If you wanted to attend the 2015 NCAA Men’s Final Four in Indianapolis this past April (and didn’t have any connections), according to CBS Detroit and Tiq IQ you would’ve had to fork over $1,151.98. Per ticket. To sit among a Lucas Oil Stadium record-breaking crowd of 143,387.
The semifinals—broadcast exclusively through Turner Sports’ family of networks including TBS, TNT, and truTV—grossed 16.4 million viewers total. Kentucky versus Wisconsin became the most-viewed college basketball game of all time on a cable network.
The championship game was viewed on CBS by a ridiculous 27 million people. The game was also broadcast internationally through ESPN to 170 countries. CBS Sports and Turner Broadcasting alone paid more than $10.8 billion to the NCAA back in 2010 for 14 years of rights to do this, which makes sense considering CBS and Turner sold $1.13 billion in ads during the 2015 tournament. The head coaches of the teams in the championship game, Mike Krzyzewski of Duke and Bo Ryan of Wisconsin, made a combined salary of $12,628,032 this year.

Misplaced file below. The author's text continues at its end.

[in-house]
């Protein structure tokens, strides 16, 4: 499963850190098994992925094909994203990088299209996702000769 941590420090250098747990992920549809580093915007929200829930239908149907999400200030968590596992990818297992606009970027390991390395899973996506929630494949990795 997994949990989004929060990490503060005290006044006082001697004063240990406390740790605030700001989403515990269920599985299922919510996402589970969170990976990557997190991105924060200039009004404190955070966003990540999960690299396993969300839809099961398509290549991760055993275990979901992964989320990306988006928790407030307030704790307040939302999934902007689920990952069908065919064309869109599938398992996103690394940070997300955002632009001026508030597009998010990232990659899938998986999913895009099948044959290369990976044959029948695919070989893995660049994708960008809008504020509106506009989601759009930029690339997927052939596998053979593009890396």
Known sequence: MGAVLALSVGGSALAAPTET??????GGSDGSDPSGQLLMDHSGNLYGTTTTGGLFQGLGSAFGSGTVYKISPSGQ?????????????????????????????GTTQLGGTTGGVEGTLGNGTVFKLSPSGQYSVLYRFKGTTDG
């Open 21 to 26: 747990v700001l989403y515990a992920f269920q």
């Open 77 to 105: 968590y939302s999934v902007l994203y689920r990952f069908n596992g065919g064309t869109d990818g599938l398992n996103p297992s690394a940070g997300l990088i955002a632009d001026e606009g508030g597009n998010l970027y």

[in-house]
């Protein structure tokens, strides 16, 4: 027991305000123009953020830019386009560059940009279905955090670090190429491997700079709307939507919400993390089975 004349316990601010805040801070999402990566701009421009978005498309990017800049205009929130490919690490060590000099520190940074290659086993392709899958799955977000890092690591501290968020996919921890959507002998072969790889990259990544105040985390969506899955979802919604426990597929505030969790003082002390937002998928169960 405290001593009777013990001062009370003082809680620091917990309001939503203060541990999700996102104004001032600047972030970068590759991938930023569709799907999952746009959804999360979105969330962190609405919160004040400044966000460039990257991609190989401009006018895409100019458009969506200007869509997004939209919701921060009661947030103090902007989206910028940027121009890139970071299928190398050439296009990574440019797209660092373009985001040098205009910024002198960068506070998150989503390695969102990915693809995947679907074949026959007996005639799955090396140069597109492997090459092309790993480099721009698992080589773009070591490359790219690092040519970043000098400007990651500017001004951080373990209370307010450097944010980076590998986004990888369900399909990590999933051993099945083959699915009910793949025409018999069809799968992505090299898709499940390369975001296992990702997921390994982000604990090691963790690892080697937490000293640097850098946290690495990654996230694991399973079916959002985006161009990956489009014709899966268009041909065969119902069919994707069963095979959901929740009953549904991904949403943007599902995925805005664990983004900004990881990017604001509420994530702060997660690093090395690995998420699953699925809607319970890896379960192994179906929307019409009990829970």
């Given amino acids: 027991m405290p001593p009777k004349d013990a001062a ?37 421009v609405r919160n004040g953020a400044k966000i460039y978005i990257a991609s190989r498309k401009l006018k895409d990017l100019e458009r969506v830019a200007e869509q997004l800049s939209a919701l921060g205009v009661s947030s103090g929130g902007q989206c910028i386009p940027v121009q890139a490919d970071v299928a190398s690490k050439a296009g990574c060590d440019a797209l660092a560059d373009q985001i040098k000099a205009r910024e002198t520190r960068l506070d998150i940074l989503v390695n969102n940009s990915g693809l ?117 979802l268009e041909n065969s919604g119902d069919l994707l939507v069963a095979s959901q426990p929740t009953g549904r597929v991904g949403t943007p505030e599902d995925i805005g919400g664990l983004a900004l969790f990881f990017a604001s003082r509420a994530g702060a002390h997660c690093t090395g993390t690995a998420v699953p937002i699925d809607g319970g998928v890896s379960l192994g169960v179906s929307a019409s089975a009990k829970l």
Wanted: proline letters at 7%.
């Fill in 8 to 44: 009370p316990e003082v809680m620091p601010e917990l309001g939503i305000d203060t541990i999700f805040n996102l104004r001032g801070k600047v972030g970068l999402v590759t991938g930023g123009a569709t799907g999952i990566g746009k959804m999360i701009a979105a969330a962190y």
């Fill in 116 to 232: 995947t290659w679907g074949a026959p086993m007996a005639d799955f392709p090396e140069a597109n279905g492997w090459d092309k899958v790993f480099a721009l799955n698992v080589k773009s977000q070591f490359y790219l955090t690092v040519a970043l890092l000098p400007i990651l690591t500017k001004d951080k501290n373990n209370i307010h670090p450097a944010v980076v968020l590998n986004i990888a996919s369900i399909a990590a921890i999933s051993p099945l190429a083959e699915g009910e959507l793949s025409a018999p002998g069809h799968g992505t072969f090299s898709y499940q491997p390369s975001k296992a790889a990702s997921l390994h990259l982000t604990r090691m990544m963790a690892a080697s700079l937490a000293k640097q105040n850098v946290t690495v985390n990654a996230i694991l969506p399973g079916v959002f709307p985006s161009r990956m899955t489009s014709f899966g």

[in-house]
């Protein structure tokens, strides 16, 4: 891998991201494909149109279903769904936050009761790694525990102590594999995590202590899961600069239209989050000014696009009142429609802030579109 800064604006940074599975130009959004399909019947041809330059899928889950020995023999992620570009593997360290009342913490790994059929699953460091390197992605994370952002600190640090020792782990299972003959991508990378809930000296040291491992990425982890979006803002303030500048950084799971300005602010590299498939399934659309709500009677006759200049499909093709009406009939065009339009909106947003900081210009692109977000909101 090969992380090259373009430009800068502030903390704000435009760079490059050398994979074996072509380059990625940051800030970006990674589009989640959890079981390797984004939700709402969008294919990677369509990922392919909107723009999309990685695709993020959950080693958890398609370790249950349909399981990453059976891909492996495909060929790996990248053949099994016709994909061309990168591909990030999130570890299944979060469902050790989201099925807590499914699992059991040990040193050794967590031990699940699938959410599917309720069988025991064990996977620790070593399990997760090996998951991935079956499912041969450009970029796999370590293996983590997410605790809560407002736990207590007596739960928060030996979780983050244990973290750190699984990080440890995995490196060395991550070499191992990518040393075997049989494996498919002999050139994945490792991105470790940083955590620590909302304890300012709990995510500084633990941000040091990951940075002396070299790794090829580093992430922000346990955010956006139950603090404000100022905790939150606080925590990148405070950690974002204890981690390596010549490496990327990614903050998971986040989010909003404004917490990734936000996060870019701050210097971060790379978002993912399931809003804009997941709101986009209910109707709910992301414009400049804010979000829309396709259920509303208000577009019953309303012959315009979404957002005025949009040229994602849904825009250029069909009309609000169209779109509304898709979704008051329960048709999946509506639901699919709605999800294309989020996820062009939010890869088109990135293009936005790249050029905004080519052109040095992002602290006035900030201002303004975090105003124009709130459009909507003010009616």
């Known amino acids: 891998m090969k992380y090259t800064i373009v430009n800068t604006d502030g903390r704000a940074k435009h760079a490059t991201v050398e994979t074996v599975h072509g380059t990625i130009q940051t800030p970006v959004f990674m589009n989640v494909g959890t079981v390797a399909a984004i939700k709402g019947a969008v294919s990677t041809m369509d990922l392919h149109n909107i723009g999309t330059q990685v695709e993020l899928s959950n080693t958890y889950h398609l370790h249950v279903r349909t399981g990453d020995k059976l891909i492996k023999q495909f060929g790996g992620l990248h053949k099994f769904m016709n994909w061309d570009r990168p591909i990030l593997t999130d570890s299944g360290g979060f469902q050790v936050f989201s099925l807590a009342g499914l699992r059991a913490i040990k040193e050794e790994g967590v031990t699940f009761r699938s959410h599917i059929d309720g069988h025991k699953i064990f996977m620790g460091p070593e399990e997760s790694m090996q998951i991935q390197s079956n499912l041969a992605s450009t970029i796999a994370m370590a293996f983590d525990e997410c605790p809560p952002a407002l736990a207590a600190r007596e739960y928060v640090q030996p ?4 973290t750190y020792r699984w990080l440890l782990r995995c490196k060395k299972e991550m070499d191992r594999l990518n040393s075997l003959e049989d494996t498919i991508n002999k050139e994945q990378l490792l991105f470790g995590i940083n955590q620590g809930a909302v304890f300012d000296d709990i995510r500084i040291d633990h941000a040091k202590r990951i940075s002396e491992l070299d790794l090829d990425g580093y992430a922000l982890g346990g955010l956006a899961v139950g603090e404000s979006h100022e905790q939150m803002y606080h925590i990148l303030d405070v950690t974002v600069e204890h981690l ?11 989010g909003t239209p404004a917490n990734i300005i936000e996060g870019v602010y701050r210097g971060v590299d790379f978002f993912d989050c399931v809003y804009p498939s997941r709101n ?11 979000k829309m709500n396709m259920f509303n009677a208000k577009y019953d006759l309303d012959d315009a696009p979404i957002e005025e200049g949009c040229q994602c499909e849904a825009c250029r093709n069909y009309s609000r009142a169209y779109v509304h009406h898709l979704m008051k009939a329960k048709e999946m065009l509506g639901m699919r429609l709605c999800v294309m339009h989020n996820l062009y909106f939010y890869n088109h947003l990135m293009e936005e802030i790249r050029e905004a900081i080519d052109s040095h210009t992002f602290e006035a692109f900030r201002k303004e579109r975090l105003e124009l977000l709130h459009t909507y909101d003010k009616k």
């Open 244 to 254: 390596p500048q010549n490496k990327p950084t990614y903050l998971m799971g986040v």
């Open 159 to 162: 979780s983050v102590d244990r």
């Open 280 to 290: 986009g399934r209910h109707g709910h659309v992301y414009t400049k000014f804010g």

But this is amateur basketball, and regardless how many billions of dollars are passed around between the NCAA, its broadcast partners, and various sponsoring corporations, the players themselves still make zero. They’re in a money wind machine but locked in a straight jacket.
Somehow this doesn’t seem right.
Luckily, during this summer I was able to sit down with Jay Bilas, ESPN college basketball analyst, former college basketball player for Duke, attorney, Jeezy fan, and renowned supporter of college basketball compensation reform. I asked Mr. Bilas to explain in simple terms why college athletes deserve to be paid. This is what he told me.
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Copyright 2015 IAR Magazine